Get ready to feel bad about what you eat in real time.
Fitbits have become a popular way to track your physical activity, but let’s be honest: How much walking around you do is only one component of your overall health picture. Of equal importance is what you eat, and now, Fitbit is looking at a way to help track that too.
A startup in San Francisco called Sano is one of a number of companies developing more casual takes on a “continue glucose monitor” or “CGM.” CGMs already exist, typically used by people with diabetes who absolutely need to track their blood sugar; however, most of the current devices require blood to be drawn, a painful process. The next generation of CGMs hope to be pain-free enough that anyone would be willing to wear them to track their glucose levels – and what sets Sano apart is that the company recently got a $6 million payout to help with the device they are designing, an investment from the kind of name that could bring such a device to the mainstream. Though according to Business Insider, other even bigger names like Apple and Google are also working on similar technology.
Ashwin Pushpala, Sano’s founder, explained that once perfected, its CGM can help shed light on users’ dietary choices by tracking glucose spikes in real time and sending that info to a connected device.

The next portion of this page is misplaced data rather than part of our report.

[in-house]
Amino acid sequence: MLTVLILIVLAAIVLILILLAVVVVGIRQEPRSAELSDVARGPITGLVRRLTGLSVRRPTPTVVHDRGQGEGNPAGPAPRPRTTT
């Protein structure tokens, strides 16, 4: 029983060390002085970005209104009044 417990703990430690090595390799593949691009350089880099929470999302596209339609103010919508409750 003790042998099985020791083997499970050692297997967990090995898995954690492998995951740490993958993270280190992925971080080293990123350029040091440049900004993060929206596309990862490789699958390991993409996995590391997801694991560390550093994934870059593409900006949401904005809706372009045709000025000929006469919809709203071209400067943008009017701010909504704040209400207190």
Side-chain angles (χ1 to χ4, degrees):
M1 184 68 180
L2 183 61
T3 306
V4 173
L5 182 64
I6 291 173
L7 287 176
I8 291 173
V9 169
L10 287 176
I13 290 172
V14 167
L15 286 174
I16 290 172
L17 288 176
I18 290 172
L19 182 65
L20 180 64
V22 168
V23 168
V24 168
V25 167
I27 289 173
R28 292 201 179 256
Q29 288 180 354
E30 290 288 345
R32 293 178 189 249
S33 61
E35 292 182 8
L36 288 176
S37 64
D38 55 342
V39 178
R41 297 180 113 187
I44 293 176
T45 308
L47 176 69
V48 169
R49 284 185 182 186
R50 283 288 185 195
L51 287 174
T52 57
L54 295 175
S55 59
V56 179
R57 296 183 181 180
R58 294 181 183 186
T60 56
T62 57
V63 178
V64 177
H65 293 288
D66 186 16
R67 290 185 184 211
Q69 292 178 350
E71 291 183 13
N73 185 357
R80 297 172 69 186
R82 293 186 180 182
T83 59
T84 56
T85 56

“Of course we know that eating less sugar is good, but how do you know you're actually doing that?” he told BI. Part of his argument for using these types of devices is that it can be hard to know exactly how much sugar is in different foods, which he believes a CGM can shed more light on. “So one day you have a slice of cake that you assume is really unhealthy. Perhaps you look at your readings and find out actually it wasn't that bad. Great, you can eat that again,” he continued. But what if you grab a salad for lunch and later realize that, say, the dressing is packed with sugar. “OK, now I know that meal isn't as healthy as I thought it was.”
Just when Sano’s device – or any of these more mainstream CGMs – will come to market isn’t clear. However, Sano already has a prototype it’s working on. Yes, get ready to feel bad about what you eat in real time!